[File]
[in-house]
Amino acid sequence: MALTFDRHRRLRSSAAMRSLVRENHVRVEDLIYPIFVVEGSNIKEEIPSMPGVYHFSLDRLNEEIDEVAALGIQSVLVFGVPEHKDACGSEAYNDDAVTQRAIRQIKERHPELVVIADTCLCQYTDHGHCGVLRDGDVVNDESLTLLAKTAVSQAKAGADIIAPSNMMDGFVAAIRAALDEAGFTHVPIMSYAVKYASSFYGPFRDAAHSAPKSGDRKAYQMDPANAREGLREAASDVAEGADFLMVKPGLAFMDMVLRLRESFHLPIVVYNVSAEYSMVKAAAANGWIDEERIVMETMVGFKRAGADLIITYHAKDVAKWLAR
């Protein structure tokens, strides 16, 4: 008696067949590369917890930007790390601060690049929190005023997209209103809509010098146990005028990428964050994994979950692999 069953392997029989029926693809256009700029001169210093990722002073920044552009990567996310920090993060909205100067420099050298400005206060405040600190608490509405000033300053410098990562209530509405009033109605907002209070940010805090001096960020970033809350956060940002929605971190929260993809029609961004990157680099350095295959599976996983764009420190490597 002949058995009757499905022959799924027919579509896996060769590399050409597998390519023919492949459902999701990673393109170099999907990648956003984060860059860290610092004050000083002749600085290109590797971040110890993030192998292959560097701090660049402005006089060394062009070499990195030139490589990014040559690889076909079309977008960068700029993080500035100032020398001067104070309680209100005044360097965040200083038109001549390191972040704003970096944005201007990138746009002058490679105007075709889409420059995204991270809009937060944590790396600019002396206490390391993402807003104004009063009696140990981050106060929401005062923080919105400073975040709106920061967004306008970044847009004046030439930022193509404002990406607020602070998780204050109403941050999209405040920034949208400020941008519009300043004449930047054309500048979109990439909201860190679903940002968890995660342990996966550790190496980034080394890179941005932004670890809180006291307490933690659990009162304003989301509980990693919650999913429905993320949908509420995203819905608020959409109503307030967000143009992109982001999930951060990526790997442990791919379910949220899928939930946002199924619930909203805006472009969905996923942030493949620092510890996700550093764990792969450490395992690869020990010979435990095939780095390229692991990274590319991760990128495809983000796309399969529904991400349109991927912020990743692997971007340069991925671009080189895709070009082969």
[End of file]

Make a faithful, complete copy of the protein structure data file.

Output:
[in-house]
Amino acid sequence: MALTFDRHRRLRSSAAMRSLVRENHVRVEDLIYPIFVVEGSNIKEEIPSMPGVYHFSLDRLNEEIDEVAALGIQSVLVFGVPEHKDACGSEAYNDDAVTQRAIRQIKERHPELVVIADTCLCQYTDHGHCGVLRDGDVVNDESLTLLAKTAVSQAKAGADIIAPSNMMDGFVAAIRAALDEAGFTHVPIMSYAVKYASSFYGPFRDAAHSAPKSGDRKAYQMDPANAREGLREAASDVAEGADFLMVKPGLAFMDMVLRLRESFHLPIVVYNVSAEYSMVKAAAANGWIDEERIVMETMVGFKRAGADLIITYHAKDVAKWLAR
């Protein structure tokens, strides 16, 4: 008696067949590369917890930007790390601060690049929190005023997209209103809509010098146990005028990428964050994994979950692999 069953392997029989029926693809256009700029001169210093990722002073920044552009990567996310920090993060909205100067420099050298400005206060405040600190608490509405000033300053410098990562209530509405009033109605907002209070940010805090001096960020970033809350956060940002929605971190929260993809029609961004990157680099350095295959599976996983764009420190490597 002949058995009757499905022959799924027919579509896996060769590399050409597998390519023919492949459902999701990673393109170099999907990648956003984060860059860290610092004050000083002749600085290109590797971040110890993030192998292959560097701090660049402005006089060394062009070499990195030139490589990014040559690889076909079309977008960068700029993080500035100032020398001067104070309680209100005044360097965040200083038109001549390191972040704003970096944005201007990138746009002058490679105007075709889409420059995204991270809009937060944590790396600019002396206490390391993402807003104004009063009696140990981050106060929401005062923080919105400073975040709106920061967004306008970044847009004046030439930022193509404002990406607020602070998780204050109403941050999209405040920034949208400020941008519009300043004449930047054309500048979109990439909201860190679903940002968890995660342990996966550790190496980034080394890179941005932004670890809180006291307490933690659990009162304003989301509980990693919650999913429905993320949908509420995203819905608020959409109503307030967000143009992109982001999930951060990526790997442990791919379910949220899928939930946002199924619930909203805006472009969905996923942030493949620092510890996700550093764990792969450490395992690869020990010979435990095939780095390229692991990274590319991760990128495809983000796309399969529904991400349109991927912020990743692997971007340069991925671009080189895709070009082969």